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  2. My main gripe with GMail is that I can’t use it at work. 🙂 I am so used to being able to label and search through messages with gmailese that at work I feel frustrated when I have to pick a single folder for messages.

    My absolute favorite lab feature is Undo Send. When you click send you get a few seconds to cancel the message. Sounds silly, but I’ve used it a couple times after I get the “Oh crap!” feeling when I forget to include something or sent it to the wrong “Joe Smith”.

    The other two VERY useful lab features I use are “Send and Archive” which, well, sends and then archives the thread with one click and “Title Tweaks”. That changes the tab title to show the folder and number of unread first so when you have a ton of tabs open you can see the message count.

    BTW, why haven’t you added your own logo to replace the GMail logo yet? 🙂 Useless but nice customization.

    1. @Ben I use the other labs that you mentioned too. Hey, how do I change the logo? I didn’t know that was an option. I could put the Cummins logo on the page so that people will think I’m working when I’m emailing during the day 😉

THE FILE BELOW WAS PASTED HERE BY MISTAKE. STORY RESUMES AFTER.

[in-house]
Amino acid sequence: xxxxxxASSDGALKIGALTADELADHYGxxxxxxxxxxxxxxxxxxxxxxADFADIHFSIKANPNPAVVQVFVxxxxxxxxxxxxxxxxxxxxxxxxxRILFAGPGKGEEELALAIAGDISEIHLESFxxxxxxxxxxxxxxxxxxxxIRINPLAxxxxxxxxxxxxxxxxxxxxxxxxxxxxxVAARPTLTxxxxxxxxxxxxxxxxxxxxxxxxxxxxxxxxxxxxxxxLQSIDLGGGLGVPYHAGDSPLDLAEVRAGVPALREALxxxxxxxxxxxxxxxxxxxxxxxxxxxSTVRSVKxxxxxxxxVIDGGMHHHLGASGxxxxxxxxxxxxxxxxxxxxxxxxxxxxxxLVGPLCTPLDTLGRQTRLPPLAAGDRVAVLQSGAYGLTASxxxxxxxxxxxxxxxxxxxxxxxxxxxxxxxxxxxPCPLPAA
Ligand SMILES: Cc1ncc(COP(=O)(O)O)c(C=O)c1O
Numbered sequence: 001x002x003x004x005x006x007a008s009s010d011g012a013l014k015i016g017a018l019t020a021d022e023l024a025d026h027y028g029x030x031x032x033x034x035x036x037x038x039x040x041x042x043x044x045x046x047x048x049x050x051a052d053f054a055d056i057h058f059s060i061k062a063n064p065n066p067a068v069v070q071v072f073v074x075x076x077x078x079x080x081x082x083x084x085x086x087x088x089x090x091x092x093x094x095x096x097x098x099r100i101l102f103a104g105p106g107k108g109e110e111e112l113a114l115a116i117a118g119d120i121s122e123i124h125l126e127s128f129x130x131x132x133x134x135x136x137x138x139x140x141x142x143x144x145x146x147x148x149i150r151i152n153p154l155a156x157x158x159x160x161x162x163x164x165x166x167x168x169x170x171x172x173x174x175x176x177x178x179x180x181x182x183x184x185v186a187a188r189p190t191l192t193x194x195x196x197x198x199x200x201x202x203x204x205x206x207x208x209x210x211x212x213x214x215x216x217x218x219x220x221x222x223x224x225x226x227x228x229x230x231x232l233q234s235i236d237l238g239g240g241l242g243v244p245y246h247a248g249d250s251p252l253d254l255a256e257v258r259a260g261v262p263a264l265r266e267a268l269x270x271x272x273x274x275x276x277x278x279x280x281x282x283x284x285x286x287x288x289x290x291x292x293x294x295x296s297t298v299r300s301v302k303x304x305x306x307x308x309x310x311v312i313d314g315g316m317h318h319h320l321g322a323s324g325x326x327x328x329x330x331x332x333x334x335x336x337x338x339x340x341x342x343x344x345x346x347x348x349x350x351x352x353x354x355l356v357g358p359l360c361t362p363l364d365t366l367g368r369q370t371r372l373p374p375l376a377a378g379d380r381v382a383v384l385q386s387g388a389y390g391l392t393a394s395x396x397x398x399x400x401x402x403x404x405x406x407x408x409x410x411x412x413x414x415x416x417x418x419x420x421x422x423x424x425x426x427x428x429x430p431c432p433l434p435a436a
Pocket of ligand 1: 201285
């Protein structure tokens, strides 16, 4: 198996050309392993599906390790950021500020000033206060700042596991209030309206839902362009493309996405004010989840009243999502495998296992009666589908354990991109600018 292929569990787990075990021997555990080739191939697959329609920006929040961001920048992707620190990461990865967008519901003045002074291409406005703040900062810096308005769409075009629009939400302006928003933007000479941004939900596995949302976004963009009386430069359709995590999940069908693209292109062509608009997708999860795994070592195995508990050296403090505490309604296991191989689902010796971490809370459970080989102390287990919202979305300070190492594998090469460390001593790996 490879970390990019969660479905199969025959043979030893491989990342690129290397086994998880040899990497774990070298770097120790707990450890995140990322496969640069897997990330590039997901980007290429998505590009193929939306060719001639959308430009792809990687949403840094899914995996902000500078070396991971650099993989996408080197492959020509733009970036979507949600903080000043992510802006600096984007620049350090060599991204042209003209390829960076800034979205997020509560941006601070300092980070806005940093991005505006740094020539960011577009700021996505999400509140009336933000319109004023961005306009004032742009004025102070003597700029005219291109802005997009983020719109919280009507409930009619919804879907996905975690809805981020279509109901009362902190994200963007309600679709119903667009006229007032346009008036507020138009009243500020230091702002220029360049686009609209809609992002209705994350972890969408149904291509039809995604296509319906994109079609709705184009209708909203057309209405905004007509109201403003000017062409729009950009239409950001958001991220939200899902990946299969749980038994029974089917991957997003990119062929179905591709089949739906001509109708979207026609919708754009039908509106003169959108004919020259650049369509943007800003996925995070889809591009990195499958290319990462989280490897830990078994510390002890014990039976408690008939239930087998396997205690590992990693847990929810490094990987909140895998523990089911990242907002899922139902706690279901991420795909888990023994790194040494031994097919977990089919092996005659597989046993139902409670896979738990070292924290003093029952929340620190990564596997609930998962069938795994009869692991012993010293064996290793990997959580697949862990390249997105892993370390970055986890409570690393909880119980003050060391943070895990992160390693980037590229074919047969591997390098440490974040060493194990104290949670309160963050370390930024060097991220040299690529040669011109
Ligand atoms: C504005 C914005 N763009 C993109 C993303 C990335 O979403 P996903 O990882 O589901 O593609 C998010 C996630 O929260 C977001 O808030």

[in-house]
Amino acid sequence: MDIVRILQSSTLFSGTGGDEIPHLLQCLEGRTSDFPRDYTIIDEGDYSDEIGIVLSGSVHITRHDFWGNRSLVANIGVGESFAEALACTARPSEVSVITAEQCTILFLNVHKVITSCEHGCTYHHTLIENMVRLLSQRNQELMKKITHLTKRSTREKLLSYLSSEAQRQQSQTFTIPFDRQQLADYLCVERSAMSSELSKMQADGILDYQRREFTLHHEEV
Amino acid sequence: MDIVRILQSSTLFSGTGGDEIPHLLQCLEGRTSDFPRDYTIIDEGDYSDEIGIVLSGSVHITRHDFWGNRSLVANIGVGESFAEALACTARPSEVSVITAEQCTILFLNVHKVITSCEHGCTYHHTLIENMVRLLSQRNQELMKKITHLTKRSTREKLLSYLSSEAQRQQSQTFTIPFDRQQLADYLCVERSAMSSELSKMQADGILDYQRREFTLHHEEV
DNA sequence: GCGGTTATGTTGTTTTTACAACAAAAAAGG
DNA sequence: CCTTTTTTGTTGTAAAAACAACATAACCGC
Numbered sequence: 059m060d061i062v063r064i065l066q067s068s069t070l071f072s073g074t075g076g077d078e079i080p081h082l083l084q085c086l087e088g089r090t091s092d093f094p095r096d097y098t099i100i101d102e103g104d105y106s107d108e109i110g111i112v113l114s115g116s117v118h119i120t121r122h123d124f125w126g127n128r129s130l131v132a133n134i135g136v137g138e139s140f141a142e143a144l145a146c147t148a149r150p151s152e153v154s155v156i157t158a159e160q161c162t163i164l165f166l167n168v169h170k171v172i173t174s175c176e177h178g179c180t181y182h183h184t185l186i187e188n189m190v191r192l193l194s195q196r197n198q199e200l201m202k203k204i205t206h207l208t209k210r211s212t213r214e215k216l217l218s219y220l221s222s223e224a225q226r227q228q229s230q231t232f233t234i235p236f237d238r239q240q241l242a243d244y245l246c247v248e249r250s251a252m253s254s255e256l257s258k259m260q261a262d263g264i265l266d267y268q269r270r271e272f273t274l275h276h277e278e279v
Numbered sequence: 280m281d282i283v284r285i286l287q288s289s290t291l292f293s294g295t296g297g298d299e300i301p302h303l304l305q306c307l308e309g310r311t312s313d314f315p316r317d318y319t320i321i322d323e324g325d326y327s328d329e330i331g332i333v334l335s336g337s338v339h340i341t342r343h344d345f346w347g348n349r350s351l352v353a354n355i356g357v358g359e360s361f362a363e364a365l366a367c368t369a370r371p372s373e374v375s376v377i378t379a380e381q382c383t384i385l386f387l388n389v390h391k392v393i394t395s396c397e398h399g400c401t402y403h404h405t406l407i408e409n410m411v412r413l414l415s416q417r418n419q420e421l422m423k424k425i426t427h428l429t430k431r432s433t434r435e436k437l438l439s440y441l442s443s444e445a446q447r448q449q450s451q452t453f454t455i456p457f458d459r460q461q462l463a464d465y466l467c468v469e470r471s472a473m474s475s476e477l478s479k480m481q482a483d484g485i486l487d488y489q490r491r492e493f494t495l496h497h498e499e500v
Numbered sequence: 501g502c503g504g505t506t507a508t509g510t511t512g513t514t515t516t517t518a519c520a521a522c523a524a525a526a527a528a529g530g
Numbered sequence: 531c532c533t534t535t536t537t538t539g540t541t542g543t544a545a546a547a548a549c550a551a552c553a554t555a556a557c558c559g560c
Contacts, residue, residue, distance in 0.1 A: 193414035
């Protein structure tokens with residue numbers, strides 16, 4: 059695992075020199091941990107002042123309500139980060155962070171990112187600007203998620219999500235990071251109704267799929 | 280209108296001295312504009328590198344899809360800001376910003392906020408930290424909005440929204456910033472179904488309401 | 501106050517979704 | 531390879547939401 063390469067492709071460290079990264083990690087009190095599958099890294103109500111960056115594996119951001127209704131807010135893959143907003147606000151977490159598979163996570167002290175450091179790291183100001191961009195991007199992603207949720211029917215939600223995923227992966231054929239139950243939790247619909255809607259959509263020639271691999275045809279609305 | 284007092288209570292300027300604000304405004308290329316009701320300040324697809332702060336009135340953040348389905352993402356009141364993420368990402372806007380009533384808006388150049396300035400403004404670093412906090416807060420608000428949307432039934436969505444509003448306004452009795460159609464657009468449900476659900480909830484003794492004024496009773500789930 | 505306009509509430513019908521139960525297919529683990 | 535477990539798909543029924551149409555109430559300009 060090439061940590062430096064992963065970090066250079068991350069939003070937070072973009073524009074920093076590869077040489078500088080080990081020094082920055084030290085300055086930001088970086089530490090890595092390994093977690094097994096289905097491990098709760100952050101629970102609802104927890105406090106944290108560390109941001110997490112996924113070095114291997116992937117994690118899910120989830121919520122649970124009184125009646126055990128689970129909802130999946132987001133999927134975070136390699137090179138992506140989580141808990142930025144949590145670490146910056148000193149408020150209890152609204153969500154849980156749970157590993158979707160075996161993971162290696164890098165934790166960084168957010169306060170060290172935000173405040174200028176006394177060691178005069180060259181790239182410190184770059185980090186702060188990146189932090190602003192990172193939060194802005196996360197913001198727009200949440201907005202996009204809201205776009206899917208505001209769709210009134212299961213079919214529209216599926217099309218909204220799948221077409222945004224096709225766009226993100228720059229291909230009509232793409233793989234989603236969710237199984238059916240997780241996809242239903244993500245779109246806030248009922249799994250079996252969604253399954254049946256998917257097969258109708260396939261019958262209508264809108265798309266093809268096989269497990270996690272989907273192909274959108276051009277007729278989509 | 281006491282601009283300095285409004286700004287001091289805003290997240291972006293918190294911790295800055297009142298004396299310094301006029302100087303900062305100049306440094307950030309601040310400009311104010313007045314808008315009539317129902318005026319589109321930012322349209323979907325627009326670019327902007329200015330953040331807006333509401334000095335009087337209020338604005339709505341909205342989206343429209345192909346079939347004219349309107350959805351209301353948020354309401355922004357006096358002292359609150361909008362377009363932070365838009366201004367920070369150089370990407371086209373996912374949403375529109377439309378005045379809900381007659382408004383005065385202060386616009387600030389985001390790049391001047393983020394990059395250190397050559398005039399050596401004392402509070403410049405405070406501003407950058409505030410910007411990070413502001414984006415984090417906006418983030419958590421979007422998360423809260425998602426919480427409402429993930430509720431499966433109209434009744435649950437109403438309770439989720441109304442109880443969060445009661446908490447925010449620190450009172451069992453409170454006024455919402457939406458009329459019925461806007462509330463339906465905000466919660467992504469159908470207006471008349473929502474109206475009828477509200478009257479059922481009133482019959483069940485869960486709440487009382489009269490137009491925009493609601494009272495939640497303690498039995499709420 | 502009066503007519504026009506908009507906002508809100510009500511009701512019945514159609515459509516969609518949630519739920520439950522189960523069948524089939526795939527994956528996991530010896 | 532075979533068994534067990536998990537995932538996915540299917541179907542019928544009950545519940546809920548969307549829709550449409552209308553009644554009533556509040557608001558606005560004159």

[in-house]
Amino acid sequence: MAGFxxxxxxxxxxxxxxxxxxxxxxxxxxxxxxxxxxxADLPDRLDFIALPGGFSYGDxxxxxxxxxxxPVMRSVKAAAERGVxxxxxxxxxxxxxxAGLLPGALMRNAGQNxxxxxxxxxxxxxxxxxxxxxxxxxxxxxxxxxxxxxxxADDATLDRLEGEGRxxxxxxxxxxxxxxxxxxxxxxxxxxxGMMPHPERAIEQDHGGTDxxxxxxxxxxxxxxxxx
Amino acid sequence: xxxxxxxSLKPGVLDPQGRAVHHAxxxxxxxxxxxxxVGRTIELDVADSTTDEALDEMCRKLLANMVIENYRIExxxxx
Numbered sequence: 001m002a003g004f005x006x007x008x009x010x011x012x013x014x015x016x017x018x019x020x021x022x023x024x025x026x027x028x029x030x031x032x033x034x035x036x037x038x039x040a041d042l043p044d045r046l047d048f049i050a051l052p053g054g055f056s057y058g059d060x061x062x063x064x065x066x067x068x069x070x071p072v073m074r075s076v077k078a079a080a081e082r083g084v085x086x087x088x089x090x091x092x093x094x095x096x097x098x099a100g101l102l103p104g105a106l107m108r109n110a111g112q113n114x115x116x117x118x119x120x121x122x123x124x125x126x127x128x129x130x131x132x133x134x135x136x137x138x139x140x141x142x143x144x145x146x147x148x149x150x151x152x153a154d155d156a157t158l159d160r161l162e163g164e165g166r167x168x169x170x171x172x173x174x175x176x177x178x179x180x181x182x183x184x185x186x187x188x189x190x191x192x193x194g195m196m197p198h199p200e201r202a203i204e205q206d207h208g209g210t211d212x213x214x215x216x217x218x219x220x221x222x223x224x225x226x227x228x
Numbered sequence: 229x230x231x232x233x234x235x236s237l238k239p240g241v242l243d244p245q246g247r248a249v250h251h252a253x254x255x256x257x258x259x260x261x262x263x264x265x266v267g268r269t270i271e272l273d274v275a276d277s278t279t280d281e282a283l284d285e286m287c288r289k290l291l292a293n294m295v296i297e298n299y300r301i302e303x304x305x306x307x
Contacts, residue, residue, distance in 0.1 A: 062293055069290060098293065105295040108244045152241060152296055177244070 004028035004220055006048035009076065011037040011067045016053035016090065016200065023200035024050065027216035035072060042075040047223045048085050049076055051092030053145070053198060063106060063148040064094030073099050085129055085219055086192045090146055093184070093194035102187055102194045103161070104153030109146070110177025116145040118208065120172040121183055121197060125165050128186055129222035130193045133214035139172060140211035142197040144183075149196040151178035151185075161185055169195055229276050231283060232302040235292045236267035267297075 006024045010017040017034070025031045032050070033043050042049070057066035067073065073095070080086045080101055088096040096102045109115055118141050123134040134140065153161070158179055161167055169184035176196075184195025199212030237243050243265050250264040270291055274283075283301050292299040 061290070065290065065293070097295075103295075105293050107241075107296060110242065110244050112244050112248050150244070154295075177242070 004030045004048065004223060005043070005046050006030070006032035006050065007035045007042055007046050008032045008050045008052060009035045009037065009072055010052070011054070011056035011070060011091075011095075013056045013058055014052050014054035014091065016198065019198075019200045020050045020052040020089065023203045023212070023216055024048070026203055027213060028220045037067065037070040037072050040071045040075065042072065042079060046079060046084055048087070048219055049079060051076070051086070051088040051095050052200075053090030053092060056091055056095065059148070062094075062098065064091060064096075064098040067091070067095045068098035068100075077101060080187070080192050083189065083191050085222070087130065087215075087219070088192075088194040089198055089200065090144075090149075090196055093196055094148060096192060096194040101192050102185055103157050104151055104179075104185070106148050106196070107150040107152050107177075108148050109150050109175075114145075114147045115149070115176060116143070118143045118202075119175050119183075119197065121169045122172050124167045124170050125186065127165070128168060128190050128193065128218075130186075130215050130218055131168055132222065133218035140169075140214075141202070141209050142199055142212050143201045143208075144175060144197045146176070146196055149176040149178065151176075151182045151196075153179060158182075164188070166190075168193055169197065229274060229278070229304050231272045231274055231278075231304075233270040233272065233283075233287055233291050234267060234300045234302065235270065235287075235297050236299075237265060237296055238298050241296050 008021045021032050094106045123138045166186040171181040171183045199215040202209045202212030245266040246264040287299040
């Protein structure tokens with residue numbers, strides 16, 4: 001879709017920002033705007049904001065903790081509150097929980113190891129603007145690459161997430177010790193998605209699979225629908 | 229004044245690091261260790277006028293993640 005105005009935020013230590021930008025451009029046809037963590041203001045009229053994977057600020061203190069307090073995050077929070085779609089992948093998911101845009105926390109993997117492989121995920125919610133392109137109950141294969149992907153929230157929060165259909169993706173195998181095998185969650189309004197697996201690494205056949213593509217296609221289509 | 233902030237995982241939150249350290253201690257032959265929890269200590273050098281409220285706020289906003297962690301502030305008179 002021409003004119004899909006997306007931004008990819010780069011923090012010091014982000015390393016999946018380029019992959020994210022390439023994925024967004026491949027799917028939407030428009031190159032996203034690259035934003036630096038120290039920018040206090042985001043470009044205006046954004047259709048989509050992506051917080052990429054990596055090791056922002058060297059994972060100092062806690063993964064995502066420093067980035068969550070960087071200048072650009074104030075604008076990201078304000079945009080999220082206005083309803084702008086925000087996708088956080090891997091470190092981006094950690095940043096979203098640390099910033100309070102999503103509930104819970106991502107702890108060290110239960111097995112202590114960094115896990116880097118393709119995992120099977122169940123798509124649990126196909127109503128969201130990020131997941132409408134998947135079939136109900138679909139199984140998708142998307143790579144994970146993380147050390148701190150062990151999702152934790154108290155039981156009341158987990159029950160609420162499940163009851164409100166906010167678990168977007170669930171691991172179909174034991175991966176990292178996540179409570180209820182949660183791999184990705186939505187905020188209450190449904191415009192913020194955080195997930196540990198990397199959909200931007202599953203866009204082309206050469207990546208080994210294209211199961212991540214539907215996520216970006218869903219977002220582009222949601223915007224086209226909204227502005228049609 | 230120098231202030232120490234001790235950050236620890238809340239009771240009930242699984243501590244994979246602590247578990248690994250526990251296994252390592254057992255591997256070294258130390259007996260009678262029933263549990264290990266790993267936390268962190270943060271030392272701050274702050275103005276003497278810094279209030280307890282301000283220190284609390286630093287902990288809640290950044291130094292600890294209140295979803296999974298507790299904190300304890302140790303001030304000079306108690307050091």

3. Gmail has th most efficient spam filter. That alone is worth using it.
    Th only catch is … it’s from big brother google.

  4. My favorite Gmail feature is the “extendable” email addresses (I don’t know that Google has an official name for it, so that’s what I’m calling it). For example, if your Gmail address is [email protected], you can append a plus sign and additional text to the end of your username. For example, email to [email protected] or [email protected] will still go to your inbox. This seems pointless at first, except that you can filter on these email addresses. You could automatically star everything that comes to [email protected], or forward it to another email address.